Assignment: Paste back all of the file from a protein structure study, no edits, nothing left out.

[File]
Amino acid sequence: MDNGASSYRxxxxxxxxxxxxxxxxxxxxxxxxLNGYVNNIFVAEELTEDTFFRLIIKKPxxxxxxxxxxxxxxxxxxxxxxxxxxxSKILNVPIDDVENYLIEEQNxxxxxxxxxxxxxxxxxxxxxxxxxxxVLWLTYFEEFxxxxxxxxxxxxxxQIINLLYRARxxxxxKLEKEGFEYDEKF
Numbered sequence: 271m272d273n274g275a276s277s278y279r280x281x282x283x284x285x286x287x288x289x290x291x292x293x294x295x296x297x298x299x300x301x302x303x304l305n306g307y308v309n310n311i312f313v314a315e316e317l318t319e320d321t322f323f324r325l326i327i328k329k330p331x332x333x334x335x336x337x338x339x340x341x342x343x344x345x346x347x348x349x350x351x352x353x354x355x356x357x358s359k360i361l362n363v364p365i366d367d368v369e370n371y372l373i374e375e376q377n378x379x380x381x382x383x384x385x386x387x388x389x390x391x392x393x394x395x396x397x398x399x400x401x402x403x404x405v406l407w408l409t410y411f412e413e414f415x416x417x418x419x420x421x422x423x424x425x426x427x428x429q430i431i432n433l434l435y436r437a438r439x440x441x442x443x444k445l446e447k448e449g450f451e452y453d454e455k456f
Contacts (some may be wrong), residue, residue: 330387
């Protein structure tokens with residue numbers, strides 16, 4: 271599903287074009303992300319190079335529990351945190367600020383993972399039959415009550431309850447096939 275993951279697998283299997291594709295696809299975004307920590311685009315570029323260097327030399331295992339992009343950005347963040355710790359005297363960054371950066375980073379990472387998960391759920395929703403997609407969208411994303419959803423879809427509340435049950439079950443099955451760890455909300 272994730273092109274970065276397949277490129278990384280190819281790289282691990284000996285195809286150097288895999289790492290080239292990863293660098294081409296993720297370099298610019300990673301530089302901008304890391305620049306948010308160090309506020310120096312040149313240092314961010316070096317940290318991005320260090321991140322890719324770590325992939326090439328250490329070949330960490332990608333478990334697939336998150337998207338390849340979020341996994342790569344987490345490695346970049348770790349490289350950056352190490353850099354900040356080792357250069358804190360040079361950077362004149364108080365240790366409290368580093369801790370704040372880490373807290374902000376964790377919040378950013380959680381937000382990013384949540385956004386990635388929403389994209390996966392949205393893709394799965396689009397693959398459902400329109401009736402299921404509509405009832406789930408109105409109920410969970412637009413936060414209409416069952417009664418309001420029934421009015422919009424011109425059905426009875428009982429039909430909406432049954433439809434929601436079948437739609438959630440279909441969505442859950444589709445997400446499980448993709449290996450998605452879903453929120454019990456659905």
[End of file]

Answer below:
Amino acid sequence: MDNGASSYRxxxxxxxxxxxxxxxxxxxxxxxxLNGYVNNIFVAEELTEDTFFRLIIKKPxxxxxxxxxxxxxxxxxxxxxxxxxxxSKILNVPIDDVENYLIEEQNxxxxxxxxxxxxxxxxxxxxxxxxxxxVLWLTYFEEFxxxxxxxxxxxxxxQIINLLYRARxxxxxKLEKEGFEYDEKF
Numbered sequence: 271m272d273n274g275a276s277s278y279r280x281x282x283x284x285x286x287x288x289x290x291x292x293x294x295x296x297x298x299x300x301x302x303x304l305n306g307y308v309n310n311i312f313v314a315e316e317l318t319e320d321t322f323f324r325l326i327i328k329k330p331x332x333x334x335x336x337x338x339x340x341x342x343x344x345x346x347x348x349x350x351x352x353x354x355x356x357x358s359k360i361l362n363v364p365i366d367d368v369e370n371y372l373i374e375e376q377n378x379x380x381x382x383x384x385x386x387x388x389x390x391x392x393x394x395x396x397x398x399x400x401x402x403x404x405v406l407w408l409t410y411f412e413e414f415x416x417x418x419x420x421x422x423x424x425x426x427x428x429q430i431i432n433l434l435y436r437a438r439x440x441x442x443x444k445l446e447k448e449g450f451e452y453d454e455k456f
Contacts (some may be wrong), residue, residue: 330387
């Protein structure tokens with residue numbers, strides 16, 4: 271599903287074009303992300319190079335529990351945190367600020383993972399039959415009550431309850447096939 275993951279697998283299997291594709295696809299975004307920590311685009315570029323260097327030399331295992339992009343950005347963040355710790359005297363960054371950066375980073379990472387998960391759920395929703403997609407969208411994303419959803423879809427509340435049950439079950443099955451760890455909300 272994730273092109274970065276397949277490129278990384280190819281790289282691990284000996285195809286150097288895999289790492290080239292990863293660098294081409296993720297370099298610019300990673301530089302901008304890391305620049306948010308160090309506020310120096312040149313240092314961010316070096317940290318991005320260090321991140322890719324770590325992939326090439328250490329070949330960490332990608333478990334697939336998150337998207338390849340979020341996994342790569344987490345490695346970049348770790349490289350950056352190490353850099354900040356080792357250069358804190360040079361950077362004149364108080365240790366409290368580093369801790370704040372880490373807290374902000376964790377919040378950013380959680381937000382990013384949540385956004386990635388929403389994209390996966392949205393893709394799965396689009397693959398459902400329109401009736402299921404509509405009832406789930408109105409109920410969970412637009413936060414209409416069952417009664418309001420029934421009015422919009424011109425059905426009875428009982429039909430909406432049954433439809434929601436079948437739609438959630440279909441969505442859950444589709445997400446499980448993709449290996450998605452879903453929120454019990456659905």